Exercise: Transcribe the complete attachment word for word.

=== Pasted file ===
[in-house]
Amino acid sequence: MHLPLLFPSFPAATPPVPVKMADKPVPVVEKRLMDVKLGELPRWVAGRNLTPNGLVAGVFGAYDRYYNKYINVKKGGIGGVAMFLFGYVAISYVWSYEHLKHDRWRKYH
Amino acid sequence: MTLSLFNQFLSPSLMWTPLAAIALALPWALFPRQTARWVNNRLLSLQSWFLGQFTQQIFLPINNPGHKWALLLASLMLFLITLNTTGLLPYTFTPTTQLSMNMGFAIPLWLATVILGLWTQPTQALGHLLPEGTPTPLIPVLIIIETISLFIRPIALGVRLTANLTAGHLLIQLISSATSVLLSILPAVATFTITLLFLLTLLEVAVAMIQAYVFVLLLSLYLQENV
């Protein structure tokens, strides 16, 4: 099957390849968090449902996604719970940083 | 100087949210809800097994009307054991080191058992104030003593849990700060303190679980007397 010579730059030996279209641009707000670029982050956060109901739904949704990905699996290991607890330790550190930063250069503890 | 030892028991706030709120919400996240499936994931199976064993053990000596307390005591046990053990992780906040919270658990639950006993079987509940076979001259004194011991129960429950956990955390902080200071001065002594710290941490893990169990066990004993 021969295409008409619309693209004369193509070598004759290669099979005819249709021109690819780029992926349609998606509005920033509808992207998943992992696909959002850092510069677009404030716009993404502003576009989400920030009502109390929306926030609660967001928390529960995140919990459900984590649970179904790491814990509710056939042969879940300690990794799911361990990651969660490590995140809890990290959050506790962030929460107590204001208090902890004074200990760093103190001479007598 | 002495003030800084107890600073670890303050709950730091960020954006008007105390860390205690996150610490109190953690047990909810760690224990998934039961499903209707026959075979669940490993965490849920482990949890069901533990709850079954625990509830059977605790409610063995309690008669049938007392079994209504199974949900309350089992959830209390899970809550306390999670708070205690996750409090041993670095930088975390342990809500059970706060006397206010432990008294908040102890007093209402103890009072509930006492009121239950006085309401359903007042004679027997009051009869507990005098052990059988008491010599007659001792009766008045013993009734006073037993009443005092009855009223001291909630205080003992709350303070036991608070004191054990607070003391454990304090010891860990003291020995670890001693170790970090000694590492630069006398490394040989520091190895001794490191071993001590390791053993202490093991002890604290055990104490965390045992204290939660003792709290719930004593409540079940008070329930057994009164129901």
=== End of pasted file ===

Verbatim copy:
[in-house]
Amino acid sequence: MHLPLLFPSFPAATPPVPVKMADKPVPVVEKRLMDVKLGELPRWVAGRNLTPNGLVAGVFGAYDRYYNKYINVKKGGIGGVAMFLFGYVAISYVWSYEHLKHDRWRKYH
Amino acid sequence: MTLSLFNQFLSPSLMWTPLAAIALALPWALFPRQTARWVNNRLLSLQSWFLGQFTQQIFLPINNPGHKWALLLASLMLFLITLNTTGLLPYTFTPTTQLSMNMGFAIPLWLATVILGLWTQPTQALGHLLPEGTPTPLIPVLIIIETISLFIRPIALGVRLTANLTAGHLLIQLISSATSVLLSILPAVATFTITLLFLLTLLEVAVAMIQAYVFVLLLSLYLQENV
């Protein structure tokens, strides 16, 4: 099957390849968090449902996604719970940083 | 100087949210809800097994009307054991080191058992104030003593849990700060303190679980007397 010579730059030996279209641009707000670029982050956060109901739904949704990905699996290991607890330790550190930063250069503890 | 030892028991706030709120919400996240499936994931199976064993053990000596307390005591046990053990992780906040919270658990639950006993079987509940076979001259004194011991129960429950956990955390902080200071001065002594710290941490893990169990066990004993 021969295409008409619309693209004369193509070598004759290669099979005819249709021109690819780029992926349609998606509005920033509808992207998943992992696909959002850092510069677009404030716009993404502003576009989400920030009502109390929306926030609660967001928390529960995140919990459900984590649970179904790491814990509710056939042969879940300690990794799911361990990651969660490590995140809890990290959050506790962030929460107590204001208090902890004074200990760093103190001479007598 | 002495003030800084107890600073670890303050709950730091960020954006008007105390860390205690996150610490109190953690047990909810760690224990998934039961499903209707026959075979669940490993965490849920482990949890069901533990709850079954625990509830059977605790409610063995309690008669049938007392079994209504199974949900309350089992959830209390899970809550306390999670708070205690996750409090041993670095930088975390342990809500059970706060006397206010432990008294908040102890007093209402103890009072509930006492009121239950006085309401359903007042004679027997009051009869507990005098052990059988008491010599007659001792009766008045013993009734006073037993009443005092009855009223001291909630205080003992709350303070036991608070004191054990607070003391454990304090010891860990003291020995670890001693170790970090000694590492630069006398490394040989520091190895001794490191071993001590390791053993202490093991002890604290055990104490965390045992204290939660003792709290719930004593409540079940008070329930057994009164129901």